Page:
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Integration by parts and coefficients

  1. Sep 16, 2008 #1
    [tex] b_{n} = \frac{1}{\pi}\int^{\pi}_{-\pi}sin\theta sin n\theta d \theta [/tex]

    let

    [tex] u = sin \theta, \ du = cos \theta d \theta [/tex]
    [tex] dv = sin n \theta d \theta, \ v = -\frac{1}{n}cosn \theta [/tex]

    [tex] = \left[-\frac{1}{n} sin \theta cos n \theta \right|^{\pi}_{-\pi} + \frac{1}{n} \int^{\pi}_{-\pi} cos \theta cos n \theta d \theta \right] [/tex]

    now [tex]-\frac{1}{n} sin \theta cos n \theta \right|^{\pi}_{-\pi} = 0 [/tex]

    and

    [tex] u = cos\theta, \ du = -sin \theta d\theta [/tex]

    [tex] dv = -sin\theta d\theta, \ v = \frac{1}{n}sin n \theta [/tex]

    [tex] = \frac{1}{n} \left[\frac{1}{n} cos \theta sin n \theta \right|^{\pi}_{-\pi} + \frac{1}{n} \int^{\pi}_{-\pi} sin \theta sin n\theta \right] [/tex]

    I keep getting that to come out to zero but I know it shouldn't. I'm not sure what it should come out to, but it's a Fourier coeff for expanding sin(x). Since sin(x) is an odd function, I know that this coeff should have a value other than 0.

    Can someone help me?
     
  2. jcsd
  3. Sep 16, 2008 #2
    You have to do "integration by parts" twice to get the answer. You are correct - it's not zero.
     
  4. Sep 16, 2008 #3
    well I did, and got zero. The second integration by parts is the last line. What am I missing here?
     
  5. Sep 16, 2008 #4
    I don't have time to go through your entire calculation, but one of the denominators should be n-squared and not n. Then the terms don't cancel. I hope this helps.
     
  6. Sep 16, 2008 #5
    Ok thanks for looking. I'll keep trying.
     
  7. Sep 16, 2008 #6
    [tex] b_{n} = \frac{1}{\pi}\int^{\pi}_{-\pi}sin\theta sin n\theta d \theta [/tex]

    let

    [tex] u = sin \theta, \ du = cos \theta d \theta [/tex]
    [tex] dv = sin n \theta d \theta, \ v = -\frac{1}{n}cosn \theta [/tex]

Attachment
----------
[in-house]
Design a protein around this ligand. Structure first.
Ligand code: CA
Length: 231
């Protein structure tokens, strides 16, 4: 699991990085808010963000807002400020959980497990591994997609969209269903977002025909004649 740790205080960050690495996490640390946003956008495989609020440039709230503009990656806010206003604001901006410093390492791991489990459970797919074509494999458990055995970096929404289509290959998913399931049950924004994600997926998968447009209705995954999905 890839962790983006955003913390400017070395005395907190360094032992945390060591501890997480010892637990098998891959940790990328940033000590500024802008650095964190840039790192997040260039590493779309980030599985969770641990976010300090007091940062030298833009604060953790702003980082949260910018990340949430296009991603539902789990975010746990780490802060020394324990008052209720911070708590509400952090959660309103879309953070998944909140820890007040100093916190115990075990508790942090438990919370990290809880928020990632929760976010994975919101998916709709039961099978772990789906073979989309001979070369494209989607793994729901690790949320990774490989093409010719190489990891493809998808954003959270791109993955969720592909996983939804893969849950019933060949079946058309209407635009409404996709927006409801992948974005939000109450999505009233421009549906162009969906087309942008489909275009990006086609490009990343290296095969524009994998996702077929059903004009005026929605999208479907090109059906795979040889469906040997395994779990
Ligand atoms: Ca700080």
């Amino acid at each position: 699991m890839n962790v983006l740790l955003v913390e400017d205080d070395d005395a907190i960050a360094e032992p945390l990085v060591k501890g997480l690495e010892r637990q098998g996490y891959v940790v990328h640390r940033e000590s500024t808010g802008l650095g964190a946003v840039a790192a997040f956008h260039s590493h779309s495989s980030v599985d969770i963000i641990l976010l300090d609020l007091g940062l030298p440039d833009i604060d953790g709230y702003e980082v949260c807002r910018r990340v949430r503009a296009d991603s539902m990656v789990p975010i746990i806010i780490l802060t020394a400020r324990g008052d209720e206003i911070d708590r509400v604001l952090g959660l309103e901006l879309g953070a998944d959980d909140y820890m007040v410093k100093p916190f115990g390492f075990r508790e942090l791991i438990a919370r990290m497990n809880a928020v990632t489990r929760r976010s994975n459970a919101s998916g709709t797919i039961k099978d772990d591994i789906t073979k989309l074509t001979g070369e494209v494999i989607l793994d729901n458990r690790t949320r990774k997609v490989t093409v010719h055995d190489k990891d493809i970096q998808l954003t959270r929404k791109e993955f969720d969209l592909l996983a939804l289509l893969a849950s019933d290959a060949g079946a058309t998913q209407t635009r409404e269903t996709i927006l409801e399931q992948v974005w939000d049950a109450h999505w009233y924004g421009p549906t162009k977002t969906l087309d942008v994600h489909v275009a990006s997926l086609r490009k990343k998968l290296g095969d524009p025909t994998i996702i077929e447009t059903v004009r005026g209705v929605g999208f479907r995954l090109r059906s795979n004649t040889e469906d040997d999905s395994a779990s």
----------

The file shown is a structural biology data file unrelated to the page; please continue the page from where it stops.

[tex] = \left[-\frac{1}{n} sin \theta cos n \theta \right]^{\pi}_{-\pi} + \left[\frac{1}{n} \int^{\pi}_{-\pi} cos \theta cos n \theta d \theta \right] [/tex]

    now [tex]\left[-\frac{1}{n} sin \theta cos n \theta \right]^{\pi}_{-\pi} = 0 [/tex]

    and

    [tex] u = cos\theta, \ du = -sin \theta d\theta [/tex]

    [tex] dv = -sin\theta d\theta, \ v = \frac{1}{n}sin n \theta [/tex]

    [tex] = \frac{1}{n} \left[\frac{1}{n} cos \theta sin n \theta \right]^{\pi}_{-\pi} + \frac{1}{n} \left[\frac{1}{n} \int^{\pi}_{-\pi} sin \theta sin n\theta \right] [/tex]

    since [tex]\frac{1}{n} \left[\frac{1}{n}cos\theta sin n \theta \right]^{\pi}_{-\pi} = 0 [/tex]

    Then

    [tex] \frac{1}{\pi}\int^{\pi}_{-\pi}sin\theta sin n\theta d \theta = \frac{1}{n^{2}}\int^{\pi}_{-\pi}sin\theta sin n\theta d \theta [/tex]

    That still looks like zero to me. ??? :(
     
  8. Sep 17, 2008 #7
    Sorry - yesterday I never actually evaluated my answer.

    After reconsidering the problem, I realize that because the integrand is the sine of theta - an odd function - times the sine of (n times theta) - another odd function - the integrand is an even function. Therefore integrating over limits that are symmetrical to theta = zero will yield an answer of zero.

    I verified this by evaluating my answer from negative pi to pi.

    So, I now believe your original answer is correct, despite your misgivings.
     
  9. Sep 17, 2008 #8
    Weird. Shouldn't be zero. I was trying to find the coefficients for a Fourier series exp. of sin(theta). All the an's should be zero, but the bn's should be some value.
     
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